Returning now to the first part of the session, this was a student-led discussion on some of the issues they have faced with online learning, and their thoughts on what we can do as developers and teachers to make things better for all students.

So for example, some students with anxiety or ADHD reported that they had found the structural changes difficult and, in the case of the many changes we’ve had to lockdown restrictions, frustrating. One student commented that all of their activities – studying, eating, leisure – were all now being done in the same small environment, shared with another student, and that was causing a lot of stress. Another student found online lectures harder as they felt more conspicuous asking questions, though on the flip side they also noted that lectures tended to have more availability at other times.

There was an interesting discussion on the use of cameras during online lectures, whether students should have them on or off. This is something I’ve struggled with when teaching, as there is no feedback for me to gauge students’ engagement and comprehension. One student on the panel commented that they have been in online lectures with up to 500 students, and cameras being on was very distracting for them. Another student commented that they preferred cameras on to get some social interaction with their peers, while another who was hard of hearing said that they benefitted from cameras being on for lip-reading.

On assessment, there was general appreciation for the ‘no detriment’ policy they had last academic year when the pandemic began, but this has been removed in the current academic year in favour of universal extensions granted upon request, which one student said was far worse because it extended the time available for them in which to be anxious about their assessments. There was no love for online proctoring software, with some students saying they had difficulty with suitable space for these, and even having to buy their own webcams.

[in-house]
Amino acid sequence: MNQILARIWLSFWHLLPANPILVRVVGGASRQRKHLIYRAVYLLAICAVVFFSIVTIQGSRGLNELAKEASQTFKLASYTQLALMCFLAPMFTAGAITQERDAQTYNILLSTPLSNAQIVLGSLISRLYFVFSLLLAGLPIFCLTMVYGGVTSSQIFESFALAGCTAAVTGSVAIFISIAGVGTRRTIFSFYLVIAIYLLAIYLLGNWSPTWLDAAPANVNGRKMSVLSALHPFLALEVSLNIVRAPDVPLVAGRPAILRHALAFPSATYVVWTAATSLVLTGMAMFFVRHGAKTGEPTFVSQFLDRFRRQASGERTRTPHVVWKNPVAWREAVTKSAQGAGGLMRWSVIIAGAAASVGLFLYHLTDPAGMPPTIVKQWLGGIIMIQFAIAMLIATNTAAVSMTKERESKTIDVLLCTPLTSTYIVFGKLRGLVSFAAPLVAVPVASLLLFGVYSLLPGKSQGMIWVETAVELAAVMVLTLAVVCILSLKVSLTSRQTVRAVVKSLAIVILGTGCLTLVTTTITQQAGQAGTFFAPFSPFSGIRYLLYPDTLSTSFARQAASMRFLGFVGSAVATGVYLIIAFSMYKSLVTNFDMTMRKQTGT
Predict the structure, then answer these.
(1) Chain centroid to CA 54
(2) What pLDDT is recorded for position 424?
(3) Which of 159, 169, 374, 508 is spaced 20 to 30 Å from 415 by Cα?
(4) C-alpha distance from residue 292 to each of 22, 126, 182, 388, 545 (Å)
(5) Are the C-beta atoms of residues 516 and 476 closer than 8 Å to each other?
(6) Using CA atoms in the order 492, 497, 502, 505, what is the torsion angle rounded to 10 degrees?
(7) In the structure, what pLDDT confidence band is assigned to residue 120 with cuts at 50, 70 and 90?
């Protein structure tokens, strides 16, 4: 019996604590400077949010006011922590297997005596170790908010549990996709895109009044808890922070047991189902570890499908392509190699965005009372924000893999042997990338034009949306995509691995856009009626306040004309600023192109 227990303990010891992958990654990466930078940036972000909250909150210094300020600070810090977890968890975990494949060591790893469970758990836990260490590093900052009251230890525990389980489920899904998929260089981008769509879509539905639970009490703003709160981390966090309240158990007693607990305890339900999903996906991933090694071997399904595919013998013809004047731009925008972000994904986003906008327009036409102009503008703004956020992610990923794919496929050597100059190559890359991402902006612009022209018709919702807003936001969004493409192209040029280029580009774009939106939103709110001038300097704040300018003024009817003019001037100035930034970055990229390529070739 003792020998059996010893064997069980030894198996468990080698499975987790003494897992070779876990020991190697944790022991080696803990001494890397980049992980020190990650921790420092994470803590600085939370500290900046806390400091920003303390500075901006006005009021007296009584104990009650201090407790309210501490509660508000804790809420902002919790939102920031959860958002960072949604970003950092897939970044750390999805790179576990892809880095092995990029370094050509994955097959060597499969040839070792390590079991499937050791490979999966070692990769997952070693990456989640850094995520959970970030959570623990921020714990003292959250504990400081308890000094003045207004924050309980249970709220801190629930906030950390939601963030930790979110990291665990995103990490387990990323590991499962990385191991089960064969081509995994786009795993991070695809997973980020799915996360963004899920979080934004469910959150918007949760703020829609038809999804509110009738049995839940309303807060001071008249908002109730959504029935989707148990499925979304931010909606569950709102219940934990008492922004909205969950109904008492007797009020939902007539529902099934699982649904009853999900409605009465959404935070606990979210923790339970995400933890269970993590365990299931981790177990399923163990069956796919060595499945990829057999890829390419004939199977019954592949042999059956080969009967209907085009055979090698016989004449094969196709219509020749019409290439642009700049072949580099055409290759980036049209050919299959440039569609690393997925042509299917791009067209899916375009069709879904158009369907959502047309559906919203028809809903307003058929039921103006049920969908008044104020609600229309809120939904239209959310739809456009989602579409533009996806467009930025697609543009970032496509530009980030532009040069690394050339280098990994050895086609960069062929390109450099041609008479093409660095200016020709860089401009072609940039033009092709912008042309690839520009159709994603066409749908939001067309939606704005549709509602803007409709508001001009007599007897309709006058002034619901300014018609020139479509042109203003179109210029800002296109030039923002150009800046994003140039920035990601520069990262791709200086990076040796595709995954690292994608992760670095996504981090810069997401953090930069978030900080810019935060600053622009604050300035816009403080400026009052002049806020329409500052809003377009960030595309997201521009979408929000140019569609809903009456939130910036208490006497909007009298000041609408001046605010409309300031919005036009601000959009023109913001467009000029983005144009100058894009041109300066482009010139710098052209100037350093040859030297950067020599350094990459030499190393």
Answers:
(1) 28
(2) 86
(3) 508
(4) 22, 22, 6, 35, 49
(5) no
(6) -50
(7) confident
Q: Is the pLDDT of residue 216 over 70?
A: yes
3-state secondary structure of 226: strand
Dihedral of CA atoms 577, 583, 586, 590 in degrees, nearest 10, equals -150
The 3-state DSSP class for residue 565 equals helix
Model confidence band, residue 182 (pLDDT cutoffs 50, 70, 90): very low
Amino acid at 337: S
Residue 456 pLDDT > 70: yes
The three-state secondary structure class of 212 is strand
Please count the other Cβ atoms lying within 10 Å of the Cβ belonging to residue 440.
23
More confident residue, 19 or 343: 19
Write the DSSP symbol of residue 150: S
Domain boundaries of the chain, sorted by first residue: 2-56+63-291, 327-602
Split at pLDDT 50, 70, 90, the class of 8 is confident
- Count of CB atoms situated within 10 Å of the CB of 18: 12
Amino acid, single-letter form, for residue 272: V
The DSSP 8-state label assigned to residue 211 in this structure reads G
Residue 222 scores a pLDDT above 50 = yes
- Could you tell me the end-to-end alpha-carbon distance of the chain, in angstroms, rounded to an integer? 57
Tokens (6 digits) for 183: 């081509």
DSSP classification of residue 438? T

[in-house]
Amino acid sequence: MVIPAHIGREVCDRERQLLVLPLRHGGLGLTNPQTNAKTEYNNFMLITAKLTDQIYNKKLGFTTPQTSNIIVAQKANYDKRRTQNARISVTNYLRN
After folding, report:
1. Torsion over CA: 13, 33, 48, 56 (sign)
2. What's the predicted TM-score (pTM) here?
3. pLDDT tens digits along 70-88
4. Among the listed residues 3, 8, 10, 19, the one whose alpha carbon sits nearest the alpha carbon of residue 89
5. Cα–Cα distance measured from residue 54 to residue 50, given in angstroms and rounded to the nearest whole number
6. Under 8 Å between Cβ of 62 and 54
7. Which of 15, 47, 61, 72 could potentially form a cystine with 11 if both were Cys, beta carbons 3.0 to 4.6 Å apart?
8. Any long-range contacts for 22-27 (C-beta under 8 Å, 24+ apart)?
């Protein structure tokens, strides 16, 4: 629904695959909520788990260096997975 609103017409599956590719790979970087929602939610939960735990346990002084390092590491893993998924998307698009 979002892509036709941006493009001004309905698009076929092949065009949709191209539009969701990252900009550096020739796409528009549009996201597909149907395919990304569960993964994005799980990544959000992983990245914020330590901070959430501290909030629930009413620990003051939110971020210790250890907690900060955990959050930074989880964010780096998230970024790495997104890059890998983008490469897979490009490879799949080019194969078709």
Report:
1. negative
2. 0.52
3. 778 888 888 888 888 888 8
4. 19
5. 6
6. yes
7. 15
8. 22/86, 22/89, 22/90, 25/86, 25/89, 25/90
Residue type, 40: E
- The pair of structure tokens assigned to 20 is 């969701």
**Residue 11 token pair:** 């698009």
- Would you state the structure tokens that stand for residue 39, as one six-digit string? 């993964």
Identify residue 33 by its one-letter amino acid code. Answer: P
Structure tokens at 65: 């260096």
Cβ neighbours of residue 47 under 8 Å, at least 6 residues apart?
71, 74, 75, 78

I got a lot out of listening to students like this, but I found myself wondering about how to draw conclusions. On webcams for example, on or off? That, I think, is a decision that needs to be made with each student cohort individually, and in consultation with them – and with their consent! Far easier with cohorts of 30 rather than 300 of course. One good suggestion from the student group was to build in social time to online teaching sessions, either at the beginning or end of sessions where cameras can be on so that students can see each other and say ‘hi’, and then turned off during the taught component to reduce distractions, unless specifically required.

There are institutional things that could change to help students. Proctoring software is a vile product category that is just needs to get the sea. The whole lot of them. In the Sea. There was maybe an argument to be made at the start of lockdown, but people have had over a year to redesign assessments now, so there’s no excuse. And policies around mitigating circumstances and reasonable adjustments need to be made actually reasonable, and not applied across the board as though they were written on stole tablets. There’s core values stuff here. Should we be looking for reasons to fail students, or doing everything possible to help them to pass? I know how I want to spend my time.